This week, the Office of Servicemember Affairs held a special event: a Financial Fitness Forum. We invited representatives from the military, government agencies, and financial institutions to come and talk about the financial challenges faced by servicemembers and their families, and what is being done – and could be done – to address them. Our particular focus for this event was on the products and services offered to the military by financial institutions.

Hosting this Forum ties directly into our mission to educate and empower servicemembers and their families to make better-informed decisions regarding consumer financial products and services. If we are going to complete that mission, it helps to know what those financial products and services are! There are a number of financial institutions that have been offering unique products for their military customers for quite some time, and we were interested in learning about those. There are other financial institutions that have rolled out special military programs in the past year, in some cases in response to revelations about problems in their compliance with the Servicemembers Civil Relief Act, and we were interested in hearing about those, too.

Our starting point for this event was to ask the financial services industry for input on what they were doing for their military customers. We put a notice in the Federal Register back in September asking for input on military-centric consumer financial products as well as related financial education programs, short-term lending products, mortgage assistance and communications strategies. 43 credit unions weighed in, as well as 8 banks and 2 non-bank financial institutions. We also heard from other organizations and individuals with an interest in the topic, to include consumer advocates and Judge Advocate Generals.

Based on that response, as well as what we’ve heard and observed on our visits to military bases across the United States, we set up five panels. The first one, fittingly, represented our customer base and consisted of senior enlisted members from each branch of military service: Army, Navy, Air Force, Marine Corps and Coast Guard, as well as a representative from the National Guard Bureau. They provided invaluable insights into the mindset of today’s military, as well as how to best reach young servicemembers and their families.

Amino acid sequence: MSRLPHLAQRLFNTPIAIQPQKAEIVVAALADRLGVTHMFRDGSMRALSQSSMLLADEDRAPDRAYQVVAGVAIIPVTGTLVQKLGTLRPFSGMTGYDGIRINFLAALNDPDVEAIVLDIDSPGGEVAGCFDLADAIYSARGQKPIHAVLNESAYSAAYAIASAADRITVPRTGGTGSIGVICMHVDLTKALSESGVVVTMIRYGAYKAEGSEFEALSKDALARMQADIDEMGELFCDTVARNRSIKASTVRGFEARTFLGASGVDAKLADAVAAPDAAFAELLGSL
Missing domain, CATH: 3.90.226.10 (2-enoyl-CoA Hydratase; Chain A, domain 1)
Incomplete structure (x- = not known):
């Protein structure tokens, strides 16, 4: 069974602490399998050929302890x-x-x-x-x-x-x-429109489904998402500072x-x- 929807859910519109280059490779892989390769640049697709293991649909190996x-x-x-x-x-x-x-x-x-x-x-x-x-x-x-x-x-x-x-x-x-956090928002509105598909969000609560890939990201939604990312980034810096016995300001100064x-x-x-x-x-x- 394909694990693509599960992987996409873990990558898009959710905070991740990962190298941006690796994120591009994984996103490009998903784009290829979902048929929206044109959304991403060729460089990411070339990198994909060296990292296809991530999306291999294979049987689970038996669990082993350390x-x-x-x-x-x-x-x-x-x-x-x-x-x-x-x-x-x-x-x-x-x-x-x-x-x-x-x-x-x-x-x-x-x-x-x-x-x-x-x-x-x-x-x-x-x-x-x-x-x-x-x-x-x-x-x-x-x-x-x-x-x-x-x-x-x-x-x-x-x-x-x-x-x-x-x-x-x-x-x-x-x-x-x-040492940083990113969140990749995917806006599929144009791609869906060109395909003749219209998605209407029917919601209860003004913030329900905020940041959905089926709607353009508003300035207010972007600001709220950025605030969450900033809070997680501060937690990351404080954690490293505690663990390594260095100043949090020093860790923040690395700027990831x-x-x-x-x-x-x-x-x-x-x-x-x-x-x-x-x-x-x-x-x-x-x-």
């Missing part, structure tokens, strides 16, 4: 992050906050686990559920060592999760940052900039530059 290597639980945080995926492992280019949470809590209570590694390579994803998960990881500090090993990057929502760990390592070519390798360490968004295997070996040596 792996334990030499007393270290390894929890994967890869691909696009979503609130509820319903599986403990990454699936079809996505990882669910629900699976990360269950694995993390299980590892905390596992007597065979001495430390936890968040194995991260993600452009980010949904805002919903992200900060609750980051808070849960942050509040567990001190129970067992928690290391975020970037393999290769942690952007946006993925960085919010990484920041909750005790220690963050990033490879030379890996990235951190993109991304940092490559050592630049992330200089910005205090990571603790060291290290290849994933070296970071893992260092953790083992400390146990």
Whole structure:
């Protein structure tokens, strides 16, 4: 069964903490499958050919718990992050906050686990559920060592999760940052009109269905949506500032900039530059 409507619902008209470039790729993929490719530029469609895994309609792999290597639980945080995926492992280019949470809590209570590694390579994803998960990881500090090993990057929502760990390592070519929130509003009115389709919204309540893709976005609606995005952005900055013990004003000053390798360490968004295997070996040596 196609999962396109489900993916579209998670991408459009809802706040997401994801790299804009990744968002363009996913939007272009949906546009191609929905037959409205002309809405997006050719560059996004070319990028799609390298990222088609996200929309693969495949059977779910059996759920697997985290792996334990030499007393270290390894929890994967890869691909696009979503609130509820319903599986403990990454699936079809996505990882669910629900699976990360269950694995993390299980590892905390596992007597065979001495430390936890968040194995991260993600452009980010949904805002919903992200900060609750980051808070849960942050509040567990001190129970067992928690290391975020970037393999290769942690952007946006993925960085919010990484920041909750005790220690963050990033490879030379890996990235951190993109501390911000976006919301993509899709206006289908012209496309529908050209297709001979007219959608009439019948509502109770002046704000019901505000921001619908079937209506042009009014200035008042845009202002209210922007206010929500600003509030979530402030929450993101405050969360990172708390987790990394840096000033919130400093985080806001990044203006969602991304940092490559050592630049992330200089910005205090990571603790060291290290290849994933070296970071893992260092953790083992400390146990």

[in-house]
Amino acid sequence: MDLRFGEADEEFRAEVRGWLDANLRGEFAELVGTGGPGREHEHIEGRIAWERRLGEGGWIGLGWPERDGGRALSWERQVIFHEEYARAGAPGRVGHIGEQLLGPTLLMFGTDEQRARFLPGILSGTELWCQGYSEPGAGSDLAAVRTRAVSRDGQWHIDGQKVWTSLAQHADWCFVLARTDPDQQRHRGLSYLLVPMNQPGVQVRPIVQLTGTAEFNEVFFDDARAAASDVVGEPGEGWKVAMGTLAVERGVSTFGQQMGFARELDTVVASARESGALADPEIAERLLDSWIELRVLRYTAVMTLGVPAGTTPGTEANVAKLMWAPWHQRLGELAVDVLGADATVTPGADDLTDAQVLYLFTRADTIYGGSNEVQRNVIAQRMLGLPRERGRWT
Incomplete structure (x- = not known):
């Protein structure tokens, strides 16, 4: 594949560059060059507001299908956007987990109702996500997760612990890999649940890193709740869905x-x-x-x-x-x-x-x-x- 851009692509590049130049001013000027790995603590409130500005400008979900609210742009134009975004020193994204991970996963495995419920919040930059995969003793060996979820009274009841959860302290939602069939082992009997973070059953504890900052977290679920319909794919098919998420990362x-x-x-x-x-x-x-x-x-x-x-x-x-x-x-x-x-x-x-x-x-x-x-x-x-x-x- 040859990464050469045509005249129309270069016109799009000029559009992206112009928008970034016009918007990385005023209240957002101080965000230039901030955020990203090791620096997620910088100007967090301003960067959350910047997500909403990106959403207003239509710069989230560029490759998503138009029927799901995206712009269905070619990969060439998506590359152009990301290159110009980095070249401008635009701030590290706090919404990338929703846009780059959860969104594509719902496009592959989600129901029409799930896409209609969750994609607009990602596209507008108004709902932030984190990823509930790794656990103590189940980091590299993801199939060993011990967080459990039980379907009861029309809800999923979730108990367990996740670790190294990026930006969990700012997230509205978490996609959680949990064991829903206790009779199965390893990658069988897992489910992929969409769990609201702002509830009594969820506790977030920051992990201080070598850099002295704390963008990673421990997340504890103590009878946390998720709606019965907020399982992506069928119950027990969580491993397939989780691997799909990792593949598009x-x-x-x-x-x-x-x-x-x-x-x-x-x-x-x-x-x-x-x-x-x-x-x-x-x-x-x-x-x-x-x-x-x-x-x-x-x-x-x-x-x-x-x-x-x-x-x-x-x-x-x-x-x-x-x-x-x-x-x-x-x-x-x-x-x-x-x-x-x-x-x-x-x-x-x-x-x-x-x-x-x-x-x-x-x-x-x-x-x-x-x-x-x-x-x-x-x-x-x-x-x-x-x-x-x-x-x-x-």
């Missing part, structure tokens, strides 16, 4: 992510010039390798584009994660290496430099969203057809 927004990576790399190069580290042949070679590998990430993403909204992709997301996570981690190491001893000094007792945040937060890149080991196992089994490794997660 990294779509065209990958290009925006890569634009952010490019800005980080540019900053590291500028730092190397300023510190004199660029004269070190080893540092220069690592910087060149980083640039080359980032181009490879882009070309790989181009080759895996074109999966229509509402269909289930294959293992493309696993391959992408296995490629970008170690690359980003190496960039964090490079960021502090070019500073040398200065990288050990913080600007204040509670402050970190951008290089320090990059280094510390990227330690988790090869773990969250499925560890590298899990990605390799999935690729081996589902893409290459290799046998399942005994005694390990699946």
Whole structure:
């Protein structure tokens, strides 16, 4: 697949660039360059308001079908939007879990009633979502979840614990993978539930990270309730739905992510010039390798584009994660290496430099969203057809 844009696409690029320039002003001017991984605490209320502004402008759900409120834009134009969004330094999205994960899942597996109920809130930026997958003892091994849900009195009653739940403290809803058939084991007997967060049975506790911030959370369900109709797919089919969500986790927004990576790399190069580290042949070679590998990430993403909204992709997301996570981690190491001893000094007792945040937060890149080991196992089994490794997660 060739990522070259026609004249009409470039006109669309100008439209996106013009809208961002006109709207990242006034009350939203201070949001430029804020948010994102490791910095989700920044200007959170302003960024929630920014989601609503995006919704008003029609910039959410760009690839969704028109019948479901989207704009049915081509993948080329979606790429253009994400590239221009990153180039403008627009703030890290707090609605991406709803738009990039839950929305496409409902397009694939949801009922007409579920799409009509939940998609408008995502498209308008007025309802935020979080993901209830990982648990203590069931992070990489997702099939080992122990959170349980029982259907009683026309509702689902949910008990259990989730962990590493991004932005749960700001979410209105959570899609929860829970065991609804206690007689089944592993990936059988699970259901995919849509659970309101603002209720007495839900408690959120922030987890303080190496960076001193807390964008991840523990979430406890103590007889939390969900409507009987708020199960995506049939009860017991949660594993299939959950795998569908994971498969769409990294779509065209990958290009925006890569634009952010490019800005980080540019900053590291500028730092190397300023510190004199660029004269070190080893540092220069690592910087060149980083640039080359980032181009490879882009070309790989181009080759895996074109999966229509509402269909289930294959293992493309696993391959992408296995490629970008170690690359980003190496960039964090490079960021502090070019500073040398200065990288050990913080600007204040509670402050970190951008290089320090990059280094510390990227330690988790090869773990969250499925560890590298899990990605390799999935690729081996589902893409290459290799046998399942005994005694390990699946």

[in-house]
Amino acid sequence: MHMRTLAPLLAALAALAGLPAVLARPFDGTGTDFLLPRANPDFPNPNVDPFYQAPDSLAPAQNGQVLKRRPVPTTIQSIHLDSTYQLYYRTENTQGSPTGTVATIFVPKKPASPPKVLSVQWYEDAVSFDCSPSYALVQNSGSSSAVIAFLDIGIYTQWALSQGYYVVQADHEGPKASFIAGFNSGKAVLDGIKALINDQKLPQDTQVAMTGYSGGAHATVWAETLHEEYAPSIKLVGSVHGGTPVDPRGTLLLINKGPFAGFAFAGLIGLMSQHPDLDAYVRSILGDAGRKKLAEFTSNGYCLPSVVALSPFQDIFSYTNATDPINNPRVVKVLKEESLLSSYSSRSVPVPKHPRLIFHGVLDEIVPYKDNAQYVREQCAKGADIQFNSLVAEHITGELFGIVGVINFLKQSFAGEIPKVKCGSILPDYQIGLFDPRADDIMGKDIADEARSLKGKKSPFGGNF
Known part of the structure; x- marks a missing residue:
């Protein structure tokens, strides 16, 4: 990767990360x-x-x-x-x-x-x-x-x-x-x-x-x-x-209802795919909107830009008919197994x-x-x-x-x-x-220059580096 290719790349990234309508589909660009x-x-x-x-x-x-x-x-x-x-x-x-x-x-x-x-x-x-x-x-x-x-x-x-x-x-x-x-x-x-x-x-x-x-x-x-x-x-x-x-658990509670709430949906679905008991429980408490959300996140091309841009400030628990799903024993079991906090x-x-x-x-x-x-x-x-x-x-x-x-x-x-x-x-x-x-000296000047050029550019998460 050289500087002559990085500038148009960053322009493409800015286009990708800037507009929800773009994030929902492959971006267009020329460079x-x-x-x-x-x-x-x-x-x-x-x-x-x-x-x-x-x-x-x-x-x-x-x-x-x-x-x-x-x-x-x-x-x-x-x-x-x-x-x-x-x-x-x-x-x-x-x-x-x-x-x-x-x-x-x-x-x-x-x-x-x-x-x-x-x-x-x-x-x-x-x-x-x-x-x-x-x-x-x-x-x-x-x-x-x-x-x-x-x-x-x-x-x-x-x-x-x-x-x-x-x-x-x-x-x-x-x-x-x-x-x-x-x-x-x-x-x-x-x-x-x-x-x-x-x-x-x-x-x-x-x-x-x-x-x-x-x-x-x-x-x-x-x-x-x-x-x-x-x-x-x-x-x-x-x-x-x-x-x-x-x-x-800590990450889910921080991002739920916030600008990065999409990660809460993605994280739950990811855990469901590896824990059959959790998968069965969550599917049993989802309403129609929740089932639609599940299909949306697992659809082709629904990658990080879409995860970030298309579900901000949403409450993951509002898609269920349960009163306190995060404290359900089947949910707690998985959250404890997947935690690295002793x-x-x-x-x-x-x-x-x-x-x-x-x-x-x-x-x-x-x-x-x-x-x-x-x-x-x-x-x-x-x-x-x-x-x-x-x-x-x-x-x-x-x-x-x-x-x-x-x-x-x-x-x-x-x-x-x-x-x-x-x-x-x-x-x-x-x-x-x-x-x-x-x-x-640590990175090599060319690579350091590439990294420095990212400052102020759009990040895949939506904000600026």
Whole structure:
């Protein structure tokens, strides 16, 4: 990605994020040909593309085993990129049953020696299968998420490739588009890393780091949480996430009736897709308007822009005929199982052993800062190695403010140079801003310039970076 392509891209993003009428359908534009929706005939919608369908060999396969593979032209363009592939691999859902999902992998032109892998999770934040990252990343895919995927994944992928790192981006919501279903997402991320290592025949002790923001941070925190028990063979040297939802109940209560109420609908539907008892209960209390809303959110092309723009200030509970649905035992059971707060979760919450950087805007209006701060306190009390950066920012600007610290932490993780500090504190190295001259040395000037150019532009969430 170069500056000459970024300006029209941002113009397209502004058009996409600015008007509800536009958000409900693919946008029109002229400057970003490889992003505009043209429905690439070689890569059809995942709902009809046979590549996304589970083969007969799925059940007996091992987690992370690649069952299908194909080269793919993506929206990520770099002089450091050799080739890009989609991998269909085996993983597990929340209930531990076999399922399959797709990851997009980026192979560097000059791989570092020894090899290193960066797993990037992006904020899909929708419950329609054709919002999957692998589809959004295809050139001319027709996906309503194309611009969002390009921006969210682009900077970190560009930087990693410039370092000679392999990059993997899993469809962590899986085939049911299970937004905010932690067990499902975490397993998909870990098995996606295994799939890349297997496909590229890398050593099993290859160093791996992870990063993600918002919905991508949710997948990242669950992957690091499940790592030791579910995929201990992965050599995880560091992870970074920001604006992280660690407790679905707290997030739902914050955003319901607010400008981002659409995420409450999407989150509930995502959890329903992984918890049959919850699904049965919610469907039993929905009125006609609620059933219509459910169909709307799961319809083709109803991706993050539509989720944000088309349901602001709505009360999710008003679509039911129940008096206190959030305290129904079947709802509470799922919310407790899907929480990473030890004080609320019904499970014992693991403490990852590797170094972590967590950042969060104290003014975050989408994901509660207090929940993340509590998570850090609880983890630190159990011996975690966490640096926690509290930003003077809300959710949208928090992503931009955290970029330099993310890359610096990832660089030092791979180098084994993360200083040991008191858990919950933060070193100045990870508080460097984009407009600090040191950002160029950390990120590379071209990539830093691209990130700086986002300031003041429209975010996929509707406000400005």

Other panels consisted of senior representatives from banking and credit union trade associations, as well as some representatives from individual financial institutions that serve a large military customer base and have provided special products for them. We heard some innovative ideas, as well as a discussion of some of the challenges banks and credit unions face when trying to give the best possible support to their military customers.

Given the impact of the housing downturn on military families, many of whom are underwater on their mortgages and, as a result, face severe financial difficulties when they receive military Permanent Change of Station orders, we also had a panel to take a look at ways to make it easier for servicemembers to access mortgage help, given their unique circumstances and the fact that a military move can tip them into a genuine hardship. That panel had representatives from Treasury, FHFA, Fannie Mae, Freddie Mac, and the Financial Services Roundtable. They cited some recent steps they have taken to make it easier for military personnel to access foreclosure prevention programs, and asked for help from the Department of Defense in identifying military customers so they can direct information to them.

It was our hope that the Forum would be helpful not only to inform servicemembers about special military products in the financial industry, but also to inform the financial institutions in attendance about the unique needs of the military community, and to inspire them to find new ways to serve that community. I think we heard some creative ideas about what can be done to support the military while still fulfilling a fiduciary duty to investors and staying in the black. And we’d like to thank everyone who attended for sharing their expertise and showing their support of our military personnel and their families, who serve and sacrifice on behalf of all of us.

Military Senior Enlisted Leaders who participated in a Financial Fitness Forum panel to provide insight linking financial fitness to mission readiness.

At a Financial Fitness Forum, Holly Petraeus moderated a panel of military Senior Enlisted Leaders who provided insight linking financial fitness to mission readiness. (Pictured L to R: CMDCM Scott Fleming, representing the Master Chief Petty Officer of the Navy; Sergeant Major of the Marine Corps Michael Barrett; Sergeant Major Thomas Gills, representing the Sergeant Major of the Army; Holly Petraeus; Chief Master Sergeant Denise Jelinski-Hall, National Guard Bureau; Master Chief Petty Officer of the Coast Guard Michael Leavitt; and Chief Master Sergeant Robert Frank representing the Chief Master Sergeant of the Air Force.)

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